Any theoretical discipline, if formulated and developed within a society of like-minded individuals of the same socioeconomic class, religious affiliation, gender, sexuality, or so on—a.k.a. pretty much any school of thought ever—is open to re-examination using a queer critique.
The queer theorist motto is: always ask questions.
Why are French nouns grouped as male and female? Why are some nouns neuter? Is there really a difference between women’s work and men’s work? Was Charles Darwin always right?
Are males of a species always really tough or really handsome, and are females always coy and homely and patient? Where do Native American History and transgendered people fit into our society’s cultural narratives? Why did Western ethic groups stigmatize what the Native American peoples called “two-spirited” individuals?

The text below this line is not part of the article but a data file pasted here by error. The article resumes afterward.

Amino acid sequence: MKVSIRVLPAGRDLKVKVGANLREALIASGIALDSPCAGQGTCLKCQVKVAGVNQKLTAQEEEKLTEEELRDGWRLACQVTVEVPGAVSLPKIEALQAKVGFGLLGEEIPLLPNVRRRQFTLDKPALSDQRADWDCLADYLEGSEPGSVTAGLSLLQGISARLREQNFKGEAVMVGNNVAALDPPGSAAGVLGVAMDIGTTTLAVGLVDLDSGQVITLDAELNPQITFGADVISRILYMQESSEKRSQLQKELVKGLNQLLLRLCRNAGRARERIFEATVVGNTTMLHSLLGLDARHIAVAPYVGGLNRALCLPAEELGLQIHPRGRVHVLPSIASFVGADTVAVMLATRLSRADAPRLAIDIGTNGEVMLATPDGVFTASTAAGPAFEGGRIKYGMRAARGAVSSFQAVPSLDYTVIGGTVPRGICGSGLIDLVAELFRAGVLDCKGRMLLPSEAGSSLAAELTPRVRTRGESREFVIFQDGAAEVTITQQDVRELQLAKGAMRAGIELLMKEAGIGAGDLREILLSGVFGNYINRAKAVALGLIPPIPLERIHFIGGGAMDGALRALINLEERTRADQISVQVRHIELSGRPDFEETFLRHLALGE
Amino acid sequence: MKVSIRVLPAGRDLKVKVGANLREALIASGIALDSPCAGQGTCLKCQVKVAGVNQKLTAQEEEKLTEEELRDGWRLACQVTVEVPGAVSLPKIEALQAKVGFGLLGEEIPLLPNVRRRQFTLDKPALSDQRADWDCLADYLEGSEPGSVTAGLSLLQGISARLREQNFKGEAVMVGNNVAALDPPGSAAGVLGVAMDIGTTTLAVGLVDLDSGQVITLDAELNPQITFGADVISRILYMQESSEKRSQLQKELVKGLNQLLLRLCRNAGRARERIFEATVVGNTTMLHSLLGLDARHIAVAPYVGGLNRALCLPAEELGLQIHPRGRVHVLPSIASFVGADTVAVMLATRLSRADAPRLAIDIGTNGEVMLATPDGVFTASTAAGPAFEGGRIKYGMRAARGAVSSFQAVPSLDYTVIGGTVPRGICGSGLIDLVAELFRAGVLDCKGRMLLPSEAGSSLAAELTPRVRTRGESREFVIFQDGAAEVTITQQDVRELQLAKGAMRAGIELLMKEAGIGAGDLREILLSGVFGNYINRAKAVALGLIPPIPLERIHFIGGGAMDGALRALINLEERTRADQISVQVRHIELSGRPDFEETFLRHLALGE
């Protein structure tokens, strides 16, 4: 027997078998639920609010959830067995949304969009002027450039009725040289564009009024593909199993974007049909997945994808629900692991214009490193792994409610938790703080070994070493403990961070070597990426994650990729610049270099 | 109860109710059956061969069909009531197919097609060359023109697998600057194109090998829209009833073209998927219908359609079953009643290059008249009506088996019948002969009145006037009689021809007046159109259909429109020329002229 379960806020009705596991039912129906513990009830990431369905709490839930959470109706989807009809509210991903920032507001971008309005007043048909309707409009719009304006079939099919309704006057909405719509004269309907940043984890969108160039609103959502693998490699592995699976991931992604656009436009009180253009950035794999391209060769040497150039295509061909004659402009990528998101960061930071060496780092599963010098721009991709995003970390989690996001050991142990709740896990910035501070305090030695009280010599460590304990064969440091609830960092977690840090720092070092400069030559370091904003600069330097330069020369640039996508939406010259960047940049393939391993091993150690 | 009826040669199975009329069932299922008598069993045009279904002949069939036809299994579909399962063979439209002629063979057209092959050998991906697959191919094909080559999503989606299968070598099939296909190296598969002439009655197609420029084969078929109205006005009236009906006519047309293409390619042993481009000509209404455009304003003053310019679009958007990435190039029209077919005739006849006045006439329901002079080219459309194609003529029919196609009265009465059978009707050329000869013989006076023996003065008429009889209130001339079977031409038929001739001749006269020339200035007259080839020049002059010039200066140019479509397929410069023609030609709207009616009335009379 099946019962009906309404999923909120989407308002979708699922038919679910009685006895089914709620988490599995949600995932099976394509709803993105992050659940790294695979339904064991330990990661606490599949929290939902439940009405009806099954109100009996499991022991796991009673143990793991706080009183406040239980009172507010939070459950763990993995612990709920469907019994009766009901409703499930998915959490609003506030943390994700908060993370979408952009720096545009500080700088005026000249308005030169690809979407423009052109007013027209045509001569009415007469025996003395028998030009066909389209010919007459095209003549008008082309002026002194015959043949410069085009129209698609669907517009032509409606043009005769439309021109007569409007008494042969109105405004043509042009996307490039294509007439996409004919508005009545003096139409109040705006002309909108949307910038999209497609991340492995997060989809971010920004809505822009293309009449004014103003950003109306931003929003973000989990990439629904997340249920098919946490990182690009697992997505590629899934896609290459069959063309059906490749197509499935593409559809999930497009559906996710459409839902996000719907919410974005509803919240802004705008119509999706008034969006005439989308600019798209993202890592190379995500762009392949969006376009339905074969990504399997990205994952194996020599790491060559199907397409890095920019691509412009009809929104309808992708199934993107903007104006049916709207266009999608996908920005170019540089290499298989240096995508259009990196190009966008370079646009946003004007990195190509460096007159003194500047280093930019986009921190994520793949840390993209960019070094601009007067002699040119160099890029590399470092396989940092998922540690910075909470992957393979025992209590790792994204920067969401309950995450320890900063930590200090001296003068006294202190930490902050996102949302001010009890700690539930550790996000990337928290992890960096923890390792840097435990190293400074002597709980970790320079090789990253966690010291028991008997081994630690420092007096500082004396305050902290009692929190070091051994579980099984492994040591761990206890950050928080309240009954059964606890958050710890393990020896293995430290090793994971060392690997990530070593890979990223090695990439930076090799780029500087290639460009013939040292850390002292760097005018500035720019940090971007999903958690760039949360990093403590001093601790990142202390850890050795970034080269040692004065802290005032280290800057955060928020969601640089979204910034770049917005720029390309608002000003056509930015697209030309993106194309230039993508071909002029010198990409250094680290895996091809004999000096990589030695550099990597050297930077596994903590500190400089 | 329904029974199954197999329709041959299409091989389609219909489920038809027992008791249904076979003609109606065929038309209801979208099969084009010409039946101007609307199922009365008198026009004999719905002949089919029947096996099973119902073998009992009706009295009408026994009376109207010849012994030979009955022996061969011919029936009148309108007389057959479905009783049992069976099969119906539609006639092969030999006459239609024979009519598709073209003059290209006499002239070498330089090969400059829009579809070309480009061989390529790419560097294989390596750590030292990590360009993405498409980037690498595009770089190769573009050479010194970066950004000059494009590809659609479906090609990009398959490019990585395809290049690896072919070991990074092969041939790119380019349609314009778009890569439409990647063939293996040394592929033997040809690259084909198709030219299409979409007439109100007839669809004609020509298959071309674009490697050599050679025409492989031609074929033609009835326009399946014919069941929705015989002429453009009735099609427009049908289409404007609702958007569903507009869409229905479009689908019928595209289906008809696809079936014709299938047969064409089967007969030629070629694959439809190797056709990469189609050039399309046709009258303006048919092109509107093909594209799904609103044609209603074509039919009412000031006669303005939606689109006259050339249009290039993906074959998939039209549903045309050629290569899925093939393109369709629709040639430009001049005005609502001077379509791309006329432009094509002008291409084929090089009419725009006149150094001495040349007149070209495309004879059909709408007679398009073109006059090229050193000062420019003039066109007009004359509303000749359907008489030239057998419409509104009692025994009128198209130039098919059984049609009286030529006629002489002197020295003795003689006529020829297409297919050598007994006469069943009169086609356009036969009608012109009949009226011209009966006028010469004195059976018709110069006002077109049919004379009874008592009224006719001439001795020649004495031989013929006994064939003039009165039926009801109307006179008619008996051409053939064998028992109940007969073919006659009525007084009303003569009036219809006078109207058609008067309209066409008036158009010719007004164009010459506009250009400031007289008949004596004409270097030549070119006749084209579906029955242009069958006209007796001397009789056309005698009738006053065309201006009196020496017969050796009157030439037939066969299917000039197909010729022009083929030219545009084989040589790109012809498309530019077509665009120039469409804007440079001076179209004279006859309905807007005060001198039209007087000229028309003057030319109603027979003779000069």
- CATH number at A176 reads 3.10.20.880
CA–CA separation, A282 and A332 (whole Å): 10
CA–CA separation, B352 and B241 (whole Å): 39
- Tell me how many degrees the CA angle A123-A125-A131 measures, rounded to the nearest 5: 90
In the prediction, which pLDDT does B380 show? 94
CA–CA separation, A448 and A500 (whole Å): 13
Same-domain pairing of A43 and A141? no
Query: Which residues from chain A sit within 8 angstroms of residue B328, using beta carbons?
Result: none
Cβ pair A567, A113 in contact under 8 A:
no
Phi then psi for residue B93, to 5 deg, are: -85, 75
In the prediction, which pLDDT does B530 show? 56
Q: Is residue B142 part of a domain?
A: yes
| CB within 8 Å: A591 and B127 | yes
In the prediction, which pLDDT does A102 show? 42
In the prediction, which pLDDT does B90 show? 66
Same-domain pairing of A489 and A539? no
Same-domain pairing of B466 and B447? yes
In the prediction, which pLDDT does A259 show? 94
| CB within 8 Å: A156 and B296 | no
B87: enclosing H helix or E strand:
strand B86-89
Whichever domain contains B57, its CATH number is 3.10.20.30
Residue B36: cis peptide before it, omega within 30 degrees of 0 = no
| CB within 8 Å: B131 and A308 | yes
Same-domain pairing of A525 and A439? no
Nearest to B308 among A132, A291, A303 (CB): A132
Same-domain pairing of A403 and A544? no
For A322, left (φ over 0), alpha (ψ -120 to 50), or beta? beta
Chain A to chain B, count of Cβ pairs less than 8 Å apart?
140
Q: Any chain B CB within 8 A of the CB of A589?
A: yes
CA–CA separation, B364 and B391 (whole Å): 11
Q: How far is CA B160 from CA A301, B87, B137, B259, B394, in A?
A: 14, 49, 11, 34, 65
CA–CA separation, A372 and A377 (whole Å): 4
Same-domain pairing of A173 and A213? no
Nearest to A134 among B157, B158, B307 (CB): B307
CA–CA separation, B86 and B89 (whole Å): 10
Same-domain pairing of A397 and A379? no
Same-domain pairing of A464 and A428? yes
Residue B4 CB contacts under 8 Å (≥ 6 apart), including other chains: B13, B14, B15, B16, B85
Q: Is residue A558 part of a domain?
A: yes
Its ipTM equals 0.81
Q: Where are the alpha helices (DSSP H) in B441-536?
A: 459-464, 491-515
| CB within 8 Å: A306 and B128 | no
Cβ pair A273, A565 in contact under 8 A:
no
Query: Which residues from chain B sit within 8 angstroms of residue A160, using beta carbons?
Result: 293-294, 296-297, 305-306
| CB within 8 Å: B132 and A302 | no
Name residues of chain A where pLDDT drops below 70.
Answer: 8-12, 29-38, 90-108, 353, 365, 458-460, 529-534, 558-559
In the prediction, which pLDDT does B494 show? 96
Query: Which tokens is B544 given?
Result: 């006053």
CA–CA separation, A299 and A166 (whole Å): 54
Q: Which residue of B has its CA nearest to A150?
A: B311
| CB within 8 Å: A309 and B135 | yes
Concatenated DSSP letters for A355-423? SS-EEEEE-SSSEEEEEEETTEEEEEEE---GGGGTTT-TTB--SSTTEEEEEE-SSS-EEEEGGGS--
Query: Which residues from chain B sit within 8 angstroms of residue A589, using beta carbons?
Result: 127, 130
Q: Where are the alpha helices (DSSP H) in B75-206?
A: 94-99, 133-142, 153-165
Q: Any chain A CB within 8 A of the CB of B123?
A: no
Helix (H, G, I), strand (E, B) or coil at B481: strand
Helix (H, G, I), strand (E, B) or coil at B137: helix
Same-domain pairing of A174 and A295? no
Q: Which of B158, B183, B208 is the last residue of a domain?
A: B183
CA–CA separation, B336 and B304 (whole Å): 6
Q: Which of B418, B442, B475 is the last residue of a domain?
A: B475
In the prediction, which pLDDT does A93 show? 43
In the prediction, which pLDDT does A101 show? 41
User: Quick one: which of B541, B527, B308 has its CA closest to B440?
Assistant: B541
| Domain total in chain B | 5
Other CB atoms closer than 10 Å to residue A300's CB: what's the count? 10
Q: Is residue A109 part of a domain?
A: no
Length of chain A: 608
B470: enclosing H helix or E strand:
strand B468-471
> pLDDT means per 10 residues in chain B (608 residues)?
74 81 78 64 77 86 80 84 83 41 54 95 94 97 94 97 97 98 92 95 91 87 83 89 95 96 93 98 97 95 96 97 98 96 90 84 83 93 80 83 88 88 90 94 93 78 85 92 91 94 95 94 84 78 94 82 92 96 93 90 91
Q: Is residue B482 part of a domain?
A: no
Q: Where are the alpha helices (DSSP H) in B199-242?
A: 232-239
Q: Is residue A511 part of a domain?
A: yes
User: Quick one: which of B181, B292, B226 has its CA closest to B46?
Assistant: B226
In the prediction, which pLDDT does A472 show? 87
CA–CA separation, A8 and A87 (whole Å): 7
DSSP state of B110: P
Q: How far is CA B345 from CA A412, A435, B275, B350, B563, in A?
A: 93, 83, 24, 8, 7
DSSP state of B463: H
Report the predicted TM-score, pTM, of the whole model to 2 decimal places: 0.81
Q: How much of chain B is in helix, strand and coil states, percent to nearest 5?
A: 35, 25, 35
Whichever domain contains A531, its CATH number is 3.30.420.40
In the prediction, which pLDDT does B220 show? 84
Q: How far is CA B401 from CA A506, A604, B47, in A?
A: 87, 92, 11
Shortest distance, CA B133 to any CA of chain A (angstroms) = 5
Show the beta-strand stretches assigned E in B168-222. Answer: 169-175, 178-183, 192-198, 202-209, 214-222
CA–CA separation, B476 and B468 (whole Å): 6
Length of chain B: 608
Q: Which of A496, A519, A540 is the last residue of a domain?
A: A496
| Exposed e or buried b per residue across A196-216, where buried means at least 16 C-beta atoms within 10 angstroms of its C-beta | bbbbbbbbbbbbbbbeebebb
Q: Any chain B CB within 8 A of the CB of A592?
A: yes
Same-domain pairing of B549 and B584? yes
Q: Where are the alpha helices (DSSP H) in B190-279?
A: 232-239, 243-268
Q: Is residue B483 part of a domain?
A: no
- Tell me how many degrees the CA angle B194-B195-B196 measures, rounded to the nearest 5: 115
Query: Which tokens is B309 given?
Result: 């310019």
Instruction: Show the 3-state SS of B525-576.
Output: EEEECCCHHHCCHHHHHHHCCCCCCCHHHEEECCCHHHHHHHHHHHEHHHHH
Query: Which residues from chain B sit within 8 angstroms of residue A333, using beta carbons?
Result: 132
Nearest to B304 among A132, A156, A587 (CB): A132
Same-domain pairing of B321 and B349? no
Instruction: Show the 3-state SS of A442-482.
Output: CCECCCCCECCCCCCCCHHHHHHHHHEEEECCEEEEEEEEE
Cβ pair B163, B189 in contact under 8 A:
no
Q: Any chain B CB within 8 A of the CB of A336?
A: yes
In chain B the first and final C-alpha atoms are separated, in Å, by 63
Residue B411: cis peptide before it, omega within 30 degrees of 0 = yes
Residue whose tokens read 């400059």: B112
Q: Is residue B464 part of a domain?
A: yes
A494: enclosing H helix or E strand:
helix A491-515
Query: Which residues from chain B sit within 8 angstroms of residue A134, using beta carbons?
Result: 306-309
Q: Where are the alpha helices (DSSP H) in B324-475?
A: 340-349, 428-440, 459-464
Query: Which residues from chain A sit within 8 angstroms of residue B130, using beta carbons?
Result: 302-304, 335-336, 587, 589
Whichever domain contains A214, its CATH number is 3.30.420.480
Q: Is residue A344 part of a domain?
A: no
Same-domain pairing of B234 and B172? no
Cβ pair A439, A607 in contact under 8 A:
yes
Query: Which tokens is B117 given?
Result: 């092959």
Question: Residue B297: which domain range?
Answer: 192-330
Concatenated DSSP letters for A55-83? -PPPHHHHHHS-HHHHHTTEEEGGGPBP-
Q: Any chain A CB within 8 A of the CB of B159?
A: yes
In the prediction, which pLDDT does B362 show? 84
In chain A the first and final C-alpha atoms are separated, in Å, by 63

All theories have queerness huddled inside their rhetoric, just waiting to be discovered. So one can queer all kinds of texts. Consider how Walt Whitman, America’s Poet and a lifelong bachelor, writes of his love of men. Queer theory asks: is this a friendship kind of romantic love or some early type of bromance?
How might our view of American Literature during the Antebellum Period change if we examine the success of one of its giants as a gay man? We can also queer our examination of time periods, you see.
Queering a discourse simply means challenging a theory or school of thought to question its own identity. And it’s good to reexamine everything you think you are. It’s painful, yes. But it’s a part of growing up, we think.
Onwards and upwards, Shmoopers.